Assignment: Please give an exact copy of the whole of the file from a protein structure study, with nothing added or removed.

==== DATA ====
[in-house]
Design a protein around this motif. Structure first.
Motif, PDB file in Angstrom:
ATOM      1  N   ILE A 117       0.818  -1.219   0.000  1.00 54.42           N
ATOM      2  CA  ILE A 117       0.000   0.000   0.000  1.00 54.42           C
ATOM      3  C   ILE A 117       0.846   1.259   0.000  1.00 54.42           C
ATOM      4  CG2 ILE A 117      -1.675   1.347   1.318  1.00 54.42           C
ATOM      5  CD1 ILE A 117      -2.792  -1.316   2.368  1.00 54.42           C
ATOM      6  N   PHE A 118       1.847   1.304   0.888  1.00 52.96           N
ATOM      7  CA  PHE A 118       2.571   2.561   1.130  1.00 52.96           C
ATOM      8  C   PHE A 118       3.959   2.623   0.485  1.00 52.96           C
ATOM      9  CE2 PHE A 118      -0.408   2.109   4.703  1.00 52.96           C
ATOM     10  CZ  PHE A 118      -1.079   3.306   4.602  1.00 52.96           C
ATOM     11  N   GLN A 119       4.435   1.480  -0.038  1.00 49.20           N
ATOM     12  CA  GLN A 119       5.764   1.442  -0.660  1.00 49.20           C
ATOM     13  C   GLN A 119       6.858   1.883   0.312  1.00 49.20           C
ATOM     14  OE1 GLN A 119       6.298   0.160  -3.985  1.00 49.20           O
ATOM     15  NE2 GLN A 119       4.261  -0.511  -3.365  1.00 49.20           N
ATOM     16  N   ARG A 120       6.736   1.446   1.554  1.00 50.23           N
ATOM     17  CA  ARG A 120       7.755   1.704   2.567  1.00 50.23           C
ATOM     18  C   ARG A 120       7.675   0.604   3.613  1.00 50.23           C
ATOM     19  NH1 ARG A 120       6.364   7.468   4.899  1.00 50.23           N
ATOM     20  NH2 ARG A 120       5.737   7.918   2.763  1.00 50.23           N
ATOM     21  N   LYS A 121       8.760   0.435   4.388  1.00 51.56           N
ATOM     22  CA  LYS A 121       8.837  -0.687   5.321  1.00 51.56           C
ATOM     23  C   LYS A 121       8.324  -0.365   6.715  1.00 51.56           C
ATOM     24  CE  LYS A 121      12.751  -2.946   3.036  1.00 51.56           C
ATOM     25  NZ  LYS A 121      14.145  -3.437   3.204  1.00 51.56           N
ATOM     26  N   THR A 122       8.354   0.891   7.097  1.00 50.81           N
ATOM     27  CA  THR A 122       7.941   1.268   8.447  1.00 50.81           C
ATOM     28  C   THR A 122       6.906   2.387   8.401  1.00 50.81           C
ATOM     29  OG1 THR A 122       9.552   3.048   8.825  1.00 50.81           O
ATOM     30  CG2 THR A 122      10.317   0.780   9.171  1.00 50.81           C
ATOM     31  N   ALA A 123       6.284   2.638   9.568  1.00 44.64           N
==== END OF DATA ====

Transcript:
[in-house]
Design a protein around this motif. Structure first.
Motif, PDB file in Angstrom:
ATOM      1  N   ILE A 117       0.818  -1.219   0.000  1.00 54.42           N
ATOM      2  CA  ILE A 117       0.000   0.000   0.000  1.00 54.42           C
ATOM      3  C   ILE A 117       0.846   1.259   0.000  1.00 54.42           C
ATOM      4  CG2 ILE A 117      -1.675   1.347   1.318  1.00 54.42           C
ATOM      5  CD1 ILE A 117      -2.792  -1.316   2.368  1.00 54.42           C
ATOM      6  N   PHE A 118       1.847   1.304   0.888  1.00 52.96           N
ATOM      7  CA  PHE A 118       2.571   2.561   1.130  1.00 52.96           C
ATOM      8  C   PHE A 118       3.959   2.623   0.485  1.00 52.96           C
ATOM      9  CE2 PHE A 118      -0.408   2.109   4.703  1.00 52.96           C
ATOM     10  CZ  PHE A 118      -1.079   3.306   4.602  1.00 52.96           C
ATOM     11  N   GLN A 119       4.435   1.480  -0.038  1.00 49.20           N
ATOM     12  CA  GLN A 119       5.764   1.442  -0.660  1.00 49.20           C
ATOM     13  C   GLN A 119       6.858   1.883   0.312  1.00 49.20           C
ATOM     14  OE1 GLN A 119       6.298   0.160  -3.985  1.00 49.20           O
ATOM     15  NE2 GLN A 119       4.261  -0.511  -3.365  1.00 49.20           N
ATOM     16  N   ARG A 120       6.736   1.446   1.554  1.00 50.23           N
ATOM     17  CA  ARG A 120       7.755   1.704   2.567  1.00 50.23           C
ATOM     18  C   ARG A 120       7.675   0.604   3.613  1.00 50.23           C
ATOM     19  NH1 ARG A 120       6.364   7.468   4.899  1.00 50.23           N
ATOM     20  NH2 ARG A 120       5.737   7.918   2.763  1.00 50.23           N
ATOM     21  N   LYS A 121       8.760   0.435   4.388  1.00 51.56           N
ATOM     22  CA  LYS A 121       8.837  -0.687   5.321  1.00 51.56           C
ATOM     23  C   LYS A 121       8.324  -0.365   6.715  1.00 51.56           C
ATOM     24  CE  LYS A 121      12.751  -2.946   3.036  1.00 51.56           C
ATOM     25  NZ  LYS A 121      14.145  -3.437   3.204  1.00 51.56           N
ATOM     26  N   THR A 122       8.354   0.891   7.097  1.00 50.81           N
ATOM     27  CA  THR A 122       7.941   1.268   8.447  1.00 50.81           C
ATOM     28  C   THR A 122       6.906   2.387   8.401  1.00 50.81           C
ATOM     29  OG1 THR A 122       9.552   3.048   8.825  1.00 50.81           O
ATOM     30  CG2 THR A 122      10.317   0.780   9.171  1.00 50.81           C
ATOM     31  N   ALA A 123       6.284   2.638   9.568  1.00 44.64           N